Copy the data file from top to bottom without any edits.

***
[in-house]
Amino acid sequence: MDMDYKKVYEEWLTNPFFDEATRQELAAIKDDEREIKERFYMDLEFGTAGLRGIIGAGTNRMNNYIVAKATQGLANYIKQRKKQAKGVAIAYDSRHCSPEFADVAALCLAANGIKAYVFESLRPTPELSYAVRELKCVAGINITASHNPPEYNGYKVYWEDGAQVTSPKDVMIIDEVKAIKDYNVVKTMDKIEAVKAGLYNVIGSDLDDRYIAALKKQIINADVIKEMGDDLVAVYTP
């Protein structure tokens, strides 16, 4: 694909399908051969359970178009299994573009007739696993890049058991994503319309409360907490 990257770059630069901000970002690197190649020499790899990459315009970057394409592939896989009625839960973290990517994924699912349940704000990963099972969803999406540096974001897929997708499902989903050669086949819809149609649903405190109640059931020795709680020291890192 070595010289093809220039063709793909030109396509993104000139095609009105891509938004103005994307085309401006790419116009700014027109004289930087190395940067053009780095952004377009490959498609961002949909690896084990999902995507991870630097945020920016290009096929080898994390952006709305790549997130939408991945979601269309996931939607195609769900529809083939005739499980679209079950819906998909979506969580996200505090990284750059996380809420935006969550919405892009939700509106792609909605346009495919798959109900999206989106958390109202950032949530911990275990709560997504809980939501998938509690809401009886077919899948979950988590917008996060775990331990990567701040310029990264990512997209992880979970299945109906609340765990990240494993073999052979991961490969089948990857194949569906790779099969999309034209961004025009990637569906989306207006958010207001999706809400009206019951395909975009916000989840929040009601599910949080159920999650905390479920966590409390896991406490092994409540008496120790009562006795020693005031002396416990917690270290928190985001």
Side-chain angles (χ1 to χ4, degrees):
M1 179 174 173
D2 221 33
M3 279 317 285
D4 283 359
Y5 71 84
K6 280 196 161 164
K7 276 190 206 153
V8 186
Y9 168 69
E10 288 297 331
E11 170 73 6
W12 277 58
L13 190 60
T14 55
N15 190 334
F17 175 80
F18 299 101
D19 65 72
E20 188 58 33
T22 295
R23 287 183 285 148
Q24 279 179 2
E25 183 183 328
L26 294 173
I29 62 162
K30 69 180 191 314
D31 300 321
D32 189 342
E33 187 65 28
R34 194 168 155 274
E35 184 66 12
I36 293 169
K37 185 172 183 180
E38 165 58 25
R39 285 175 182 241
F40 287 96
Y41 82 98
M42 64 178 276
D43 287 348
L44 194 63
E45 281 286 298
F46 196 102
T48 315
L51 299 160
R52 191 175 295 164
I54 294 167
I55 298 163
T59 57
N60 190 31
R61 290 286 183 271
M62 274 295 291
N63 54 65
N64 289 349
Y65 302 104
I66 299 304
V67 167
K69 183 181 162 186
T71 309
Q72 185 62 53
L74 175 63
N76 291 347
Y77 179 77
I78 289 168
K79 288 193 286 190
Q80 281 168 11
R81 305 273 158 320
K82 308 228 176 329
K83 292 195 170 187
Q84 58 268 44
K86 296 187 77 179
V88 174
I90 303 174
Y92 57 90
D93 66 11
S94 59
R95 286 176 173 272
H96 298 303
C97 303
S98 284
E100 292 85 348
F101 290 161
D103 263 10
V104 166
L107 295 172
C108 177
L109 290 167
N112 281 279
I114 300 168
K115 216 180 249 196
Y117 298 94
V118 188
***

[in-house]
Amino acid sequence: MDMDYKKVYEEWLTNPFFDEATRQELAAIKDDEREIKERFYMDLEFGTAGLRGIIGAGTNRMNNYIVAKATQGLANYIKQRKKQAKGVAIAYDSRHCSPEFADVAALCLAANGIKAYVFESLRPTPELSYAVRELKCVAGINITASHNPPEYNGYKVYWEDGAQVTSPKDVMIIDEVKAIKDYNVVKTMDKIEAVKAGLYNVIGSDLDDRYIAALKKQIINADVIKEMGDDLVAVYTP
């Protein structure tokens, strides 16, 4: 694909399908051969359970178009299994573009007739696993890049058991994503319309409360907490 990257770059630069901000970002690197190649020499790899990459315009970057394409592939896989009625839960973290990517994924699912349940704000990963099972969803999406540096974001897929997708499902989903050669086949819809149609649903405190109640059931020795709680020291890192 070595010289093809220039063709793909030109396509993104000139095609009105891509938004103005994307085309401006790419116009700014027109004289930087190395940067053009780095952004377009490959498609961002949909690896084990999902995507991870630097945020920016290009096929080898994390952006709305790549997130939408991945979601269309996931939607195609769900529809083939005739499980679209079950819906998909979506969580996200505090990284750059996380809420935006969550919405892009939700509106792609909605346009495919798959109900999206989106958390109202950032949530911990275990709560997504809980939501998938509690809401009886077919899948979950988590917008996060775990331990990567701040310029990264990512997209992880979970299945109906609340765990990240494993073999052979991961490969089948990857194949569906790779099969999309034209961004025009990637569906989306207006958010207001999706809400009206019951395909975009916000989840929040009601599910949080159920999650905390479920966590409390896991406490092994409540008496120790009562006795020693005031002396416990917690270290928190985001």
Side-chain angles (χ1 to χ4, degrees):
M1 179 174 173
D2 221 33
M3 279 317 285
D4 283 359
Y5 71 84
K6 280 196 161 164
K7 276 190 206 153
V8 186
Y9 168 69
E10 288 297 331
E11 170 73 6
W12 277 58
L13 190 60
T14 55
N15 190 334
F17 175 80
F18 299 101
D19 65 72
E20 188 58 33
T22 295
R23 287 183 285 148
Q24 279 179 2
E25 183 183 328
L26 294 173
I29 62 162
K30 69 180 191 314
D31 300 321
D32 189 342
E33 187 65 28
R34 194 168 155 274
E35 184 66 12
I36 293 169
K37 185 172 183 180
E38 165 58 25
R39 285 175 182 241
F40 287 96
Y41 82 98
M42 64 178 276
D43 287 348
L44 194 63
E45 281 286 298
F46 196 102
T48 315
L51 299 160
R52 191 175 295 164
I54 294 167
I55 298 163
T59 57
N60 190 31
R61 290 286 183 271
M62 274 295 291
N63 54 65
N64 289 349
Y65 302 104
I66 299 304
V67 167
K69 183 181 162 186
T71 309
Q72 185 62 53
L74 175 63
N76 291 347
Y77 179 77
I78 289 168
K79 288 193 286 190
Q80 281 168 11
R81 305 273 158 320
K82 308 228 176 329
K83 292 195 170 187
Q84 58 268 44
K86 296 187 77 179
V88 174
I90 303 174
Y92 57 90
D93 66 11
S94 59
R95 286 176 173 272
H96 298 303
C97 303
S98 284
E100 292 85 348
F101 290 161
D103 263 10
V104 166
L107 295 172
C108 177
L109 290 167
N112 281 279
I114 300 168
K115 216 180 249 196
Y117 298 94
V118 188